The SIIA’s first tête-à-tête of 2010 featured a discussion on “The Year Ahead” with Mr Joseph Tan, Asian Chief Economist, Credit Suisse, and Mr Manu Bhaskaran, Partner/Head, Economic Research, Centennial Asia Advisors Pte Ltd.
Presentation by Mr Manu Bhaskaran, Partner/Head, Economic Research, Centennial Asia Advisors Pte Ltd.
The recovery is underway but patchy, and the first half of 2010 will be stronger than the second half. Those were the broad views of Mr Manu Bhaskaran. There are changes and challenges in store, and Asia must adapt and be cautious. But there is potential for the region to outperform.
Mr Bhaskaran said the “double-dip” recession now predicted by many is unlikely. There is huge liquidity and stimulus while and many indicators are strengthening. Many appear to have overreacted to the crisis with cuts that were very deep and overdone. Everyone’s survival instincts were to transfer to cash and cut inventory. But this has increased liquidity and left room to grow. Regarding stimulus, policy support is essential for now, but unsustainable in the long-run as it will it will lead to inflation and more public debt. For the short term, in an environment of liquidity and loose policy, hiccups can be managed.
The performance of the US in 2010 will have perhaps the greatest effect on the world economy. Unfortunately, says Mr Bhaskaran, despite a more positive outlook, the world’s largest economy is not yet out of the woods. Although retail sales and investment appear to have bottomed, and the labor market is stabilizing, there are strong headwinds. These include rising oil prices and the exposure of second tier banks to commercial property loans, which pose a threat to financial markets. There are downsides to America’s loose policy, such as the potential for both inflation and currency turmoil.
Globally, Mr Bhaskaran expects slower growth as oil prices increase along with savings and tax rates. Fiscal tightening will occur. There remain the lurking threats of protectionism and climate change. Along with slower global growth, Mr Bhaskaran predicts structural changes in the global economic system. The value and role of the Chinese yuan is increasing, and at some point it must be revalued. The question of when, however, remains unanswered. Meanwhile, fluctuating currencies in Asia are changing the competitiveness of Asian economies.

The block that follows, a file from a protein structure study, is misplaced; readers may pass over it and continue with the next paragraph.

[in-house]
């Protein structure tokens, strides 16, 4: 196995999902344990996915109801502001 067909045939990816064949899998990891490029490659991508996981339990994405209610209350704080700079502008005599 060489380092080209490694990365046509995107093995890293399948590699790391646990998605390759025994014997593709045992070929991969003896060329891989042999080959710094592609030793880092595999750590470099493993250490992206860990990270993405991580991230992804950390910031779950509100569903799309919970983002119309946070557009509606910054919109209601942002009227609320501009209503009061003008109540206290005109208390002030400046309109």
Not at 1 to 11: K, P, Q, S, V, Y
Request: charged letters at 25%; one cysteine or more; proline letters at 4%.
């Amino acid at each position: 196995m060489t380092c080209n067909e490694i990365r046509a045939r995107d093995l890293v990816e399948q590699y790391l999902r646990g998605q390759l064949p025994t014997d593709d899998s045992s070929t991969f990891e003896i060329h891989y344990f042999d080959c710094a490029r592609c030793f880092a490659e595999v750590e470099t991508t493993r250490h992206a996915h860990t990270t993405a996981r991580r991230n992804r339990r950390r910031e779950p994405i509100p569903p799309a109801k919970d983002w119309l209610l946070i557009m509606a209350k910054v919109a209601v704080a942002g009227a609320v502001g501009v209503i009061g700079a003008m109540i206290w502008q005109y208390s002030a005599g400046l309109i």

On the whole, Asian economies will grow in 2010 thanks to a combination of export growth (due to recovering G3 economies) and loose monetary conditions. One challenge is that inflows of capital in shallow Asian markets may be destabilizing, as there are no policy structures to handle them yet. Another challenge will be that China will begin to tighten its monetary policy to combat inflation. Policy changes in China will ripple throughout the region. But lead indicators in Asia are all up, and so there is optimism.
Mr Bhaskaran addressed the question of whether China can “save” other Asian economies. It has had the strongest economic recovery so far. But, says Mr Bhaskaran, it panicked and overdid its stimulus package. Loan growth is out of control. Local governments have seen an estimated influx of 20 trillion RMB (2.9 trillion USD). Going forward there is a need to be tougher. China must rein in its spending or else its economy will overheat. Although domestic demand is booming- some areas are even facing labor shortages- the idea of Chinese consumers replacing American or European ones may be misleading. In China, private domestic consumption makes up around 37% of GDP in 2008, compared to over 70% in the United States. There are many obstacles to raising consumption in China, such as creating and improving social safety nets. Even with slower consumption growth, says Mr Bhaskaran, there is an opportunity for Southeast Asia to step up as a platform for exports to China.